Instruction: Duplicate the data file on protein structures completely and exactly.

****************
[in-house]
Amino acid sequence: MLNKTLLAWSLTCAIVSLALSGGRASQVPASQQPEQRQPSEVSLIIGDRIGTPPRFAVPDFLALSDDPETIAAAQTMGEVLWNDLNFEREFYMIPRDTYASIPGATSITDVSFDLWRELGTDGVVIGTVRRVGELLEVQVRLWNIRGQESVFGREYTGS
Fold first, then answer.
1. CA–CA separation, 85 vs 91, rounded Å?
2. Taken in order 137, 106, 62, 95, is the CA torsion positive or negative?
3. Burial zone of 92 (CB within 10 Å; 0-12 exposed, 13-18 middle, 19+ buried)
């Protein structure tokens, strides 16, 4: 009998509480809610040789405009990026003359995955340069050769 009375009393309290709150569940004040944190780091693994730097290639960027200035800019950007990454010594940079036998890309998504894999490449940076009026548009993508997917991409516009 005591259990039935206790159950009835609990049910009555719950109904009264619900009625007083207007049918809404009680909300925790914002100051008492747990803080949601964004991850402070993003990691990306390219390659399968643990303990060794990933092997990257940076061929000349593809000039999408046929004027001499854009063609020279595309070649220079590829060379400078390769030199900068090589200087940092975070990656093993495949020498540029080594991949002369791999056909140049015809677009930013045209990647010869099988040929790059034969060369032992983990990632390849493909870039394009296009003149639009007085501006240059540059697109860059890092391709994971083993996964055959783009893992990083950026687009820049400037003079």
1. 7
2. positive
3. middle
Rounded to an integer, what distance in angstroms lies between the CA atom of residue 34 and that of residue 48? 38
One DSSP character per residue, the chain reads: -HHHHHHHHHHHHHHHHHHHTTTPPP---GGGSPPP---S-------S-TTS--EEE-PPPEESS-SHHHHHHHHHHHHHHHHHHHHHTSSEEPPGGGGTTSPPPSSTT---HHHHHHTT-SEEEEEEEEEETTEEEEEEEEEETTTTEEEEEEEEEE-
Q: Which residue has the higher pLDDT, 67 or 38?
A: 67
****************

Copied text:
[in-house]
Amino acid sequence: MLNKTLLAWSLTCAIVSLALSGGRASQVPASQQPEQRQPSEVSLIIGDRIGTPPRFAVPDFLALSDDPETIAAAQTMGEVLWNDLNFEREFYMIPRDTYASIPGATSITDVSFDLWRELGTDGVVIGTVRRVGELLEVQVRLWNIRGQESVFGREYTGS
Fold first, then answer.
1. CA–CA separation, 85 vs 91, rounded Å?
2. Taken in order 137, 106, 62, 95, is the CA torsion positive or negative?
3. Burial zone of 92 (CB within 10 Å; 0-12 exposed, 13-18 middle, 19+ buried)
């Protein structure tokens, strides 16, 4: 009998509480809610040789405009990026003359995955340069050769 009375009393309290709150569940004040944190780091693994730097290639960027200035800019950007990454010594940079036998890309998504894999490449940076009026548009993508997917991409516009 005591259990039935206790159950009835609990049910009555719950109904009264619900009625007083207007049918809404009680909300925790914002100051008492747990803080949601964004991850402070993003990691990306390219390659399968643990303990060794990933092997990257940076061929000349593809000039999408046929004027001499854009063609020279595309070649220079590829060379400078390769030199900068090589200087940092975070990656093993495949020498540029080594991949002369791999056909140049015809677009930013045209990647010869099988040929790059034969060369032992983990990632390849493909870039394009296009003149639009007085501006240059540059697109860059890092391709994971083993996964055959783009893992990083950026687009820049400037003079």
1. 7
2. positive
3. middle
Rounded to an integer, what distance in angstroms lies between the CA atom of residue 34 and that of residue 48? 38
One DSSP character per residue, the chain reads: -HHHHHHHHHHHHHHHHHHHTTTPPP---GGGSPPP---S-------S-TTS--EEE-PPPEESS-SHHHHHHHHHHHHHHHHHHHHHTSSEEPPGGGGTTSPPPSSTT---HHHHHHTT-SEEEEEEEEEETTEEEEEEEEEETTTTEEEEEEEEEE-
Q: Which residue has the higher pLDDT, 67 or 38?
A: 67